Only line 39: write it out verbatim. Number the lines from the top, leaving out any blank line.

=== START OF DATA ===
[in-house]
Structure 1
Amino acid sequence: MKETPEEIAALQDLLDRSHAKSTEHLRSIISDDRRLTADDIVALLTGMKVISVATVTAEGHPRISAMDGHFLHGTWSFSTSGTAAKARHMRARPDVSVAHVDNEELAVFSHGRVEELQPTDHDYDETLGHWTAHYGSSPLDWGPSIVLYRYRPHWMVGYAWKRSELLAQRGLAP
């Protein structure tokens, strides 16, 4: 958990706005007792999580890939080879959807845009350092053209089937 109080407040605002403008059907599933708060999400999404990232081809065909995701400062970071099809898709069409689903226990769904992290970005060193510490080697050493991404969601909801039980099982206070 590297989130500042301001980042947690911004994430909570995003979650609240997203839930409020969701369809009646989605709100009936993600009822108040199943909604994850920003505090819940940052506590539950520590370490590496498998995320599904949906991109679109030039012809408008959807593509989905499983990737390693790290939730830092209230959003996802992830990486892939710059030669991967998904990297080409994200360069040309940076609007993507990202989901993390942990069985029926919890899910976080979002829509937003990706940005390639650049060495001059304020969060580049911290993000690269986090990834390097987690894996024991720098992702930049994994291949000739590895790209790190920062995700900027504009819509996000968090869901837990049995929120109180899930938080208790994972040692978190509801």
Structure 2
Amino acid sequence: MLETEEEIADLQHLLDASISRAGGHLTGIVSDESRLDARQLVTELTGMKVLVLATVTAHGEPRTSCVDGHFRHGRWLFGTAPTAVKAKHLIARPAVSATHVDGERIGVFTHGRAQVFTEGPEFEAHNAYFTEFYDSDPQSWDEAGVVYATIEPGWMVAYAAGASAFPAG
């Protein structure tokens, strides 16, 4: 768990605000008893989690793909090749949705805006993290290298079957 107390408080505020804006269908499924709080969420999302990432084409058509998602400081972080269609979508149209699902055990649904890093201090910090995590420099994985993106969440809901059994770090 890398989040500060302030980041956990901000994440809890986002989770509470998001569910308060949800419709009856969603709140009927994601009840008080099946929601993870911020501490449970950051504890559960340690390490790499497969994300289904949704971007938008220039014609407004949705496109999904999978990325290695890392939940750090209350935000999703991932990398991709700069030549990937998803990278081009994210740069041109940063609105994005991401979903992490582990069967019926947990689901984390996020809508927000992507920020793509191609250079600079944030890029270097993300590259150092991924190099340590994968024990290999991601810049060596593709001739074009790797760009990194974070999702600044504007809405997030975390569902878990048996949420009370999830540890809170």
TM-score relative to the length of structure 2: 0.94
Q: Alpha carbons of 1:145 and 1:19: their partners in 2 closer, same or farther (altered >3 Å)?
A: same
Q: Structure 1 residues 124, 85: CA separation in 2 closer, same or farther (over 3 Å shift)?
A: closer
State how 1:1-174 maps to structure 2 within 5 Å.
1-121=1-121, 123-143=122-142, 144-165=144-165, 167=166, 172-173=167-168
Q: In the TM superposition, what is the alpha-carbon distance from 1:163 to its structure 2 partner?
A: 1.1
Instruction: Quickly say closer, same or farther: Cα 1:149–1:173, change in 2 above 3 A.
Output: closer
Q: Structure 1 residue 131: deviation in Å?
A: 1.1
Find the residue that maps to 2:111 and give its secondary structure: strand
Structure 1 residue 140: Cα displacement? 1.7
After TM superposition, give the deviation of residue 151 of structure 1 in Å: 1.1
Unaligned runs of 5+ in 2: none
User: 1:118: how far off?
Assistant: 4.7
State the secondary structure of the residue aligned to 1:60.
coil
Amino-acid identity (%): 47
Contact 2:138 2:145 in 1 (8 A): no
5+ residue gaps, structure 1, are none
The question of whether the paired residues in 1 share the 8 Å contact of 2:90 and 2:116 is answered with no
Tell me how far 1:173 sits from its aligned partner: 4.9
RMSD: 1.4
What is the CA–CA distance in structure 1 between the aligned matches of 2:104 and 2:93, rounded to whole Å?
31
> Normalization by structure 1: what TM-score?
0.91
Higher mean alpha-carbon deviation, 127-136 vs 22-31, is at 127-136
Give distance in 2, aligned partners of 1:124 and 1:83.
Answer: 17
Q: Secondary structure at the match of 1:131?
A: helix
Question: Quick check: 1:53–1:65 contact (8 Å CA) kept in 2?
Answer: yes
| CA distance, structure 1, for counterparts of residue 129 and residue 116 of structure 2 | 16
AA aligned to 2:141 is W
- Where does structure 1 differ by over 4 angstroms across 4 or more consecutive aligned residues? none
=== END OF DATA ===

Higher mean alpha-carbon deviation, 127-136 vs 22-31, is at 127-136